PAQ’TNKEK: First Nations and municipal leaders came together last week for a historic celebration of friendship.
A ceremony to mark the signing of a Friendship Accord between the Paq’tnkek Mi’kmaw Nation and the Municipality and the County of Antigonish took place at Welnek on May 5.
“It’s truly symbolic. It’s something that marks a relationship, a milestone in the history of our community and our surrounding communities, so I’m just so honoured to be part of this event,” said Paq’tnkek Chief Paul Prosper.
In 2016, Paq’tnkek and Antigonish County were selected as participants in the joint Community Economic Development Initiative (CEDI), supported by the Federation of Canadian Municipalities (FCM) and Cando. Over the past two years, representatives of both communities have worked on relationship building while attending workshops to learn about one another’s culture, history, governance and economic development priorities.
“It’s sort of putting all the pieces together and finding the right mix of what a friendship accord should look like,” said Antigonish County warden Owen McCarron. “It took some time, but we wanted to make sure we didn’t rush it, and we wanted to make sure it represented the two communities and how we sort of embody each other’s spirit, while recognizing and respecting the culture.”
Prosper is hopeful that the partnership will continue to grow stronger.
“What I anticipate will come from this is that we have established a relationship, a framework for collaboration where there are common values and principles that are shared between us,” said Prosper.
“It not only speaks to the nature of the relationship but also to specific initiatives that we intend to work on involving economic development, environmental stewardship, tourism, and other things in the future.”
Paq’tnkek and the Town and County of Antigonish plan to work together on a variety of initiatives including a joint solar project, and a regional economic development forum for First Nations and municipalities. McCarron said Paq’tnkek Mi’kmaw Nation and the County of Antigonish submitted a joint application to the national Smart Cities challenge last week.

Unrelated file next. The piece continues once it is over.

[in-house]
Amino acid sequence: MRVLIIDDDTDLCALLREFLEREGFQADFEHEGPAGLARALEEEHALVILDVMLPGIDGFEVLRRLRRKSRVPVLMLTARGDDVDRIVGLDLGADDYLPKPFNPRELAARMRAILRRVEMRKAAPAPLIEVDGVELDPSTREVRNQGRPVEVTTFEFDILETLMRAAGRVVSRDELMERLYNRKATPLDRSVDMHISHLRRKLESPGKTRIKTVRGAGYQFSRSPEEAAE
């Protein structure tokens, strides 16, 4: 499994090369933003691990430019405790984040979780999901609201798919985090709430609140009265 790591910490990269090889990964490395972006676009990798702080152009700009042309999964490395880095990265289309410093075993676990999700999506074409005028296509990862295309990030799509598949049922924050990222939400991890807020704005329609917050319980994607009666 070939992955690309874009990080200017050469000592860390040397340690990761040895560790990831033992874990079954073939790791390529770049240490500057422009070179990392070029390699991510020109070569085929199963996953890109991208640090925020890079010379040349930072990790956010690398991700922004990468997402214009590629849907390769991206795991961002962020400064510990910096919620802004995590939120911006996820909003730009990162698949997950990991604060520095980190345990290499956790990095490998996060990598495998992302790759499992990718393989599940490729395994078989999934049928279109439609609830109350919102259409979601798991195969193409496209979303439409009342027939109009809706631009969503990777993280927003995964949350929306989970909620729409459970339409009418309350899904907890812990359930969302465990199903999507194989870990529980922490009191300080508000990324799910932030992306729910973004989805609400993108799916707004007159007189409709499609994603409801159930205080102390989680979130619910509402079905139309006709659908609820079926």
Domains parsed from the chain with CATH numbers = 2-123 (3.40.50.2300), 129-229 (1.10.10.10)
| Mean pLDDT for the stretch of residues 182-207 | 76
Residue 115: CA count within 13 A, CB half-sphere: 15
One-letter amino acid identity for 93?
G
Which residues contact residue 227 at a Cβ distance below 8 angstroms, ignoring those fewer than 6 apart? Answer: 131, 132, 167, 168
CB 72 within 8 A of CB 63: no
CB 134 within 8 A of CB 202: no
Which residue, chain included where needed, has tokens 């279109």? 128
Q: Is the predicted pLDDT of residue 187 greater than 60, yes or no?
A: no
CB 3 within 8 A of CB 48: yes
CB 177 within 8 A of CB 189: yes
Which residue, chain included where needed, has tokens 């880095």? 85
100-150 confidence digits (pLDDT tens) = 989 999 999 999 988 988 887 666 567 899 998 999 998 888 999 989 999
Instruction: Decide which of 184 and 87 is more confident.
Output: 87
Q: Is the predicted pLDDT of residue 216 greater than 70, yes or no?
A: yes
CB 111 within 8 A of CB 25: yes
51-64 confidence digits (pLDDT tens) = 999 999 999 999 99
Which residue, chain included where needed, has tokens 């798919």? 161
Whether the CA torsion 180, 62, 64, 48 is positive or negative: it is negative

“The first round of that application if we’re successful would mean a $250,000 pot of money that we could use to develop a bigger project,” said McCarron.
The communities have also been collaborating on the Paq’tnkek highway interchange project, which has occurred simultaneously with the CEDI initiative.
“The two are independent of each other, but the collaboration and the benefits of working together for both communities, we’re seeing examples of that starting to play out,” said McCarron.
The location for Saturday’s ceremony is a special place for the community of Paq’tnkek. The church on site has stood for approximately 150 years and is a place where Mi’kmaw come to celebrate St. Anne, the patron saint for the Mi’kmaw. Following the signing of the accord, Prosper and McCarron planted a black ash seedling on the site as a symbol of the growing relationship between the two communities.
“There is a lot of history here in terms of the relationship the community has initially through the church, the Catholic Church and then through Anku’kamkewey, the treaty relationship. It was an appropriate place to have this,” said Prosper.
The celebration was attended by members of the Paq’tnkek Band Council, councillors for Antigonish Town and County, representatives of FCM, and a number of other speakers. In his remarks, Warden McCarron paid tribute former Antigonish County Warden, the late Russell Boucher. Boucher was an early supporter of the CEDI project, which was brought to his attention by Rose Paul, director of economic development for Paq’tnkek.
“When Rose Paul made the initial application, Russell saw the benefit of that and brought it to our council,” said McCarron. “He was a true champion of it from the beginning and we’re proud to continue that in honour of Russell.”